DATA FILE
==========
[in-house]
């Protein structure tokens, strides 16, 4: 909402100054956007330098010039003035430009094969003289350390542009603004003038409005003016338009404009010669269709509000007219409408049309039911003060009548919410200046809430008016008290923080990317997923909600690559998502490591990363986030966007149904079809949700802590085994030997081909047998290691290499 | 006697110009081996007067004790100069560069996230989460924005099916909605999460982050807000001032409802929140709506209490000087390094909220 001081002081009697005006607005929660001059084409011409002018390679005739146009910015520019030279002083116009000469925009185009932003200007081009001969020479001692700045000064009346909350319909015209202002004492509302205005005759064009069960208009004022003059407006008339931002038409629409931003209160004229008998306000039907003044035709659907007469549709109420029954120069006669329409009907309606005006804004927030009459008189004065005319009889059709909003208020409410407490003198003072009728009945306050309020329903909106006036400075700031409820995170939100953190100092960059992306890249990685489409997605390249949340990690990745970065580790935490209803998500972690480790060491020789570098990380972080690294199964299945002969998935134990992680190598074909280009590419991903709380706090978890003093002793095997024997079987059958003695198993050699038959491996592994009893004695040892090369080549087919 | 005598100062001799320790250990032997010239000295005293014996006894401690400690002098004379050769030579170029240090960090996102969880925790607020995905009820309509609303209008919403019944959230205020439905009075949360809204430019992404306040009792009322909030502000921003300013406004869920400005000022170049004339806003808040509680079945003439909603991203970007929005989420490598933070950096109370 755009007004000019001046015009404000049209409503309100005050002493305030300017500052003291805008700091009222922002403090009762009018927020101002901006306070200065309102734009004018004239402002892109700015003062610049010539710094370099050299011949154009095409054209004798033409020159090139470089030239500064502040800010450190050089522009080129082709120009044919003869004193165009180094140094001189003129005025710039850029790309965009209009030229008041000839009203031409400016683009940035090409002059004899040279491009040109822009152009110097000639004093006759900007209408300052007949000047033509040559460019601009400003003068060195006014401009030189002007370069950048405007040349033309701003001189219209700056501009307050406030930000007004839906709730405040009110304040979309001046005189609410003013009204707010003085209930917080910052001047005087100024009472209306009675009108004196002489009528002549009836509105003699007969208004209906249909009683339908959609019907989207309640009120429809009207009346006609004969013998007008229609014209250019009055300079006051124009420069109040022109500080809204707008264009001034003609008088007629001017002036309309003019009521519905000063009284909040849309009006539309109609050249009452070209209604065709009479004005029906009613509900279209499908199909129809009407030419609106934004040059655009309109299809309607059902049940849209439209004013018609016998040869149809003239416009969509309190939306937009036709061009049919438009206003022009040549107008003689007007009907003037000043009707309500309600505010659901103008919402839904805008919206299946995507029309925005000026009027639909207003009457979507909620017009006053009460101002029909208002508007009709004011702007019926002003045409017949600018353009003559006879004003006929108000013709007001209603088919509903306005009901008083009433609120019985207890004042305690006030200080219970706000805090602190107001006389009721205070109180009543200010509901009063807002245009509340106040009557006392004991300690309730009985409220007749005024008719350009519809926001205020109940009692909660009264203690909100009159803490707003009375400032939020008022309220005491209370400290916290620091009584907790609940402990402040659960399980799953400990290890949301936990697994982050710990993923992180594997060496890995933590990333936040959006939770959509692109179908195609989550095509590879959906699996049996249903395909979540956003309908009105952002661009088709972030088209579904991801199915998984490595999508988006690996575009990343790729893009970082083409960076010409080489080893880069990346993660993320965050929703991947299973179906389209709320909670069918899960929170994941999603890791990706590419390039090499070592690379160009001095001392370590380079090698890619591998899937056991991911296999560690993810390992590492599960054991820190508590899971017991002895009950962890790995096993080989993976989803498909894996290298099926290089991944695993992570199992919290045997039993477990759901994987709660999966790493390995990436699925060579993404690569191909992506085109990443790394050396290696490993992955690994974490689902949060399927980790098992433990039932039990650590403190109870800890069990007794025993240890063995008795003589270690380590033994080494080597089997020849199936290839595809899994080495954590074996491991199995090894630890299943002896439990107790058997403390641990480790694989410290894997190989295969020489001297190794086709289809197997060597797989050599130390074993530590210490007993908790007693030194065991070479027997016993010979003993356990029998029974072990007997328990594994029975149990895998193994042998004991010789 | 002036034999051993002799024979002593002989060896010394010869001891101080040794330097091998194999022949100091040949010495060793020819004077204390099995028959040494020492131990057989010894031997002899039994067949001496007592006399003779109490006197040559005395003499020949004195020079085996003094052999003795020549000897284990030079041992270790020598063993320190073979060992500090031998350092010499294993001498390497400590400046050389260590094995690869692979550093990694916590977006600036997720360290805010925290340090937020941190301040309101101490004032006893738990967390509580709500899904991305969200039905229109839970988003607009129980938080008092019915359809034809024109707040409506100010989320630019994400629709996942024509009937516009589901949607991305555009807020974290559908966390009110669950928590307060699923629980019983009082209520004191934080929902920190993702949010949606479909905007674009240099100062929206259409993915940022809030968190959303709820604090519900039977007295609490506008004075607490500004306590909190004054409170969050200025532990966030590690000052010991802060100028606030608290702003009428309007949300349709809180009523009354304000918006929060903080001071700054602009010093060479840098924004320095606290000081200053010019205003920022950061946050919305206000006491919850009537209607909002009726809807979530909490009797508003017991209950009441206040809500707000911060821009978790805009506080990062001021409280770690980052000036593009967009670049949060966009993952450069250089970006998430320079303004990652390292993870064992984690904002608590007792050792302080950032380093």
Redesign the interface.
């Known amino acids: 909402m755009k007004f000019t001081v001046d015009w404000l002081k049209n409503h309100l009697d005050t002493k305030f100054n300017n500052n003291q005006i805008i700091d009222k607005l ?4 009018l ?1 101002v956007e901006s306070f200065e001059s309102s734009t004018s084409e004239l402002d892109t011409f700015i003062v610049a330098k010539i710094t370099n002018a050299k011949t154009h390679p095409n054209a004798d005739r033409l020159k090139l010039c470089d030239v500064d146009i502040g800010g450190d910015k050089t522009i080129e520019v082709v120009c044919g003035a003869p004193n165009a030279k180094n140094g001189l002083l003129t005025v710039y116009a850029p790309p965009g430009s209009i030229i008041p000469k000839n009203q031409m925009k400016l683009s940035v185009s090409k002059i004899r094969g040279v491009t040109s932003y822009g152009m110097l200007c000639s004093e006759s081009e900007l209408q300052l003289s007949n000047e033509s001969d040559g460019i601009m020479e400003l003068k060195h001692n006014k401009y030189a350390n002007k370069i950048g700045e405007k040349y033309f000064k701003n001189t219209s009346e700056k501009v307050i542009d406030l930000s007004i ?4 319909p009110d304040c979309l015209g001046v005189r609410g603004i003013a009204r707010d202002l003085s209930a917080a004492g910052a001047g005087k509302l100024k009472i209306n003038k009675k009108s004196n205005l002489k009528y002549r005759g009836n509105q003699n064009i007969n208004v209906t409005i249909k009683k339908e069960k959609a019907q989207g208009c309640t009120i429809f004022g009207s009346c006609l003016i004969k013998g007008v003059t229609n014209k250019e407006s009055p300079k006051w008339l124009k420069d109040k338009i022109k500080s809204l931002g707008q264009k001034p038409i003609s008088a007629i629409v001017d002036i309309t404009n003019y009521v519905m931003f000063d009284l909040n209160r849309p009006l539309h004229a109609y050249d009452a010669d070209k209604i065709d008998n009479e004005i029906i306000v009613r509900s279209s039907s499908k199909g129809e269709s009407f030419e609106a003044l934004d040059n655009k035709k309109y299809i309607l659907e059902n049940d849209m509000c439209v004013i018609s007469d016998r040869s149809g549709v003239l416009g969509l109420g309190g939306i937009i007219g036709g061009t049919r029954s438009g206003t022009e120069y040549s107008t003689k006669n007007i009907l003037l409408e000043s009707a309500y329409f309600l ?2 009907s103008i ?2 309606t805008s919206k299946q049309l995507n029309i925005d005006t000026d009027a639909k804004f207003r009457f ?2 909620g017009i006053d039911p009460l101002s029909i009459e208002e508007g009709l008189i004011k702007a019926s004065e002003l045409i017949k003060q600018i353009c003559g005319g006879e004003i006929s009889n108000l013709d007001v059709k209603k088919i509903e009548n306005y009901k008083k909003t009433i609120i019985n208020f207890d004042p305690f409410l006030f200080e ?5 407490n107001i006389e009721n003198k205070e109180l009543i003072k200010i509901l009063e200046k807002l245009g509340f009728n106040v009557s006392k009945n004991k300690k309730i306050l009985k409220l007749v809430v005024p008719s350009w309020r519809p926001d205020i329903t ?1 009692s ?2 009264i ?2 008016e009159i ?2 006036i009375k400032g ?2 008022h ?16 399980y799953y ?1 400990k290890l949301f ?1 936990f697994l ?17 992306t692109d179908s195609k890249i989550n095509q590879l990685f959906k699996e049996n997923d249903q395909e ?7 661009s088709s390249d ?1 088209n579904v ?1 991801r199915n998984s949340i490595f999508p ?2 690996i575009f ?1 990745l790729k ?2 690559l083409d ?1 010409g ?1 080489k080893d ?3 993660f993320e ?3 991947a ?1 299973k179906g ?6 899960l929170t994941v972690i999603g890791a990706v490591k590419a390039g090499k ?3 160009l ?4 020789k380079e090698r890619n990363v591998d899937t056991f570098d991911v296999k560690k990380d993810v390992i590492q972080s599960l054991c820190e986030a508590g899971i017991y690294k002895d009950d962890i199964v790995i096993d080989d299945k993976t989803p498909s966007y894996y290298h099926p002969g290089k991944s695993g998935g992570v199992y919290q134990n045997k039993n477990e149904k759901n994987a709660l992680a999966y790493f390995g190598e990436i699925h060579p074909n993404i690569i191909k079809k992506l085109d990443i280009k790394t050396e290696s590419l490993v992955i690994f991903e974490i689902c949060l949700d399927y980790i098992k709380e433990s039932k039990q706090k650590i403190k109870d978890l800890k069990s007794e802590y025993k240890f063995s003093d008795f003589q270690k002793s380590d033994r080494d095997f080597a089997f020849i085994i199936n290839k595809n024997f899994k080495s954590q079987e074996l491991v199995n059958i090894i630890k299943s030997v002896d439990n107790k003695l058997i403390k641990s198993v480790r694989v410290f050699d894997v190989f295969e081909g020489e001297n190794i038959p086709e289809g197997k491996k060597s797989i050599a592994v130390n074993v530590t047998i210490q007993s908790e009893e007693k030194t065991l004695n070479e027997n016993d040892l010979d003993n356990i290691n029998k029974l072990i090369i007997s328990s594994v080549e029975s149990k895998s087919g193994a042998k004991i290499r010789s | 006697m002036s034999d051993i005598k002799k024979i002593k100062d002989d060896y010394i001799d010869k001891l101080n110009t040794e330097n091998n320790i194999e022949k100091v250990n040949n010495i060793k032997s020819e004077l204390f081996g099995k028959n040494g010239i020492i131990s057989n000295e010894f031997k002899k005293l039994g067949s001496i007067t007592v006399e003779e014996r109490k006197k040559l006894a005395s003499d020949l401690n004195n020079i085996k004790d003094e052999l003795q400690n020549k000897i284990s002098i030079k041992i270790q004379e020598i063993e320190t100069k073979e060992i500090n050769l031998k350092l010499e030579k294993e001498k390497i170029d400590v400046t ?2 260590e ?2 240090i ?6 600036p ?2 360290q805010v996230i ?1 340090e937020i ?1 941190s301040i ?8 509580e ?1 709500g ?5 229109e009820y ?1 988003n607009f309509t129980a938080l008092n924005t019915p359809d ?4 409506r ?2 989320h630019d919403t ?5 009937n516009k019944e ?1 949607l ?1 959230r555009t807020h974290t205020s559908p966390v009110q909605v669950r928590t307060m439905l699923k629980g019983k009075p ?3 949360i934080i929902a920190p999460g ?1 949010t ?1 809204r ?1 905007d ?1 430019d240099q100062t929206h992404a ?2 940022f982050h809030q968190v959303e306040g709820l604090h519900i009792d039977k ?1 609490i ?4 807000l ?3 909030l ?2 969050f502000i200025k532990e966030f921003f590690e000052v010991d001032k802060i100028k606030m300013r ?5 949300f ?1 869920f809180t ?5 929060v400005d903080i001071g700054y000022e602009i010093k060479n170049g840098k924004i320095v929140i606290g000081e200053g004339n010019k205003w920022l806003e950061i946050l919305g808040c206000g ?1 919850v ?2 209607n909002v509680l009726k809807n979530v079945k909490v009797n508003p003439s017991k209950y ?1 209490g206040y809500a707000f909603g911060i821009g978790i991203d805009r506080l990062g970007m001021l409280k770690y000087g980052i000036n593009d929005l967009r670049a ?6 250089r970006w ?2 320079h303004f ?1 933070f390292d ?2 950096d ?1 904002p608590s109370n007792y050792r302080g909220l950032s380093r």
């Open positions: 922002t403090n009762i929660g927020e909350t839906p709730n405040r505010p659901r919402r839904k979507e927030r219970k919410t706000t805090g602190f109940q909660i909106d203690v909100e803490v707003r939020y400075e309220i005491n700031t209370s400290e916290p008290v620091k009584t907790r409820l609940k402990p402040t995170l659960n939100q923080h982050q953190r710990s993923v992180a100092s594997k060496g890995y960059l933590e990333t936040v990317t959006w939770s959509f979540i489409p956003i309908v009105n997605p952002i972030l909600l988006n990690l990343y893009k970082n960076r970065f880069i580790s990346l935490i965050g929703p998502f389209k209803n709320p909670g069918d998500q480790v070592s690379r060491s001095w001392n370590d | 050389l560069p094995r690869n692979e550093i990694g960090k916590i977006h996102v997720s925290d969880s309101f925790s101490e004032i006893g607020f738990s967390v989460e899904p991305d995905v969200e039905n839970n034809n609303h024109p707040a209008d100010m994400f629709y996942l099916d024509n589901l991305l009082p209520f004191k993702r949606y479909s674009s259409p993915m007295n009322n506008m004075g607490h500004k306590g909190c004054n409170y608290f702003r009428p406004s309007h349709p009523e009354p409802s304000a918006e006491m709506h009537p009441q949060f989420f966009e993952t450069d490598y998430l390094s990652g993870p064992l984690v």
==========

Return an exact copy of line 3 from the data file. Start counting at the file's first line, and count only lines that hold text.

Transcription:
Redesign the interface.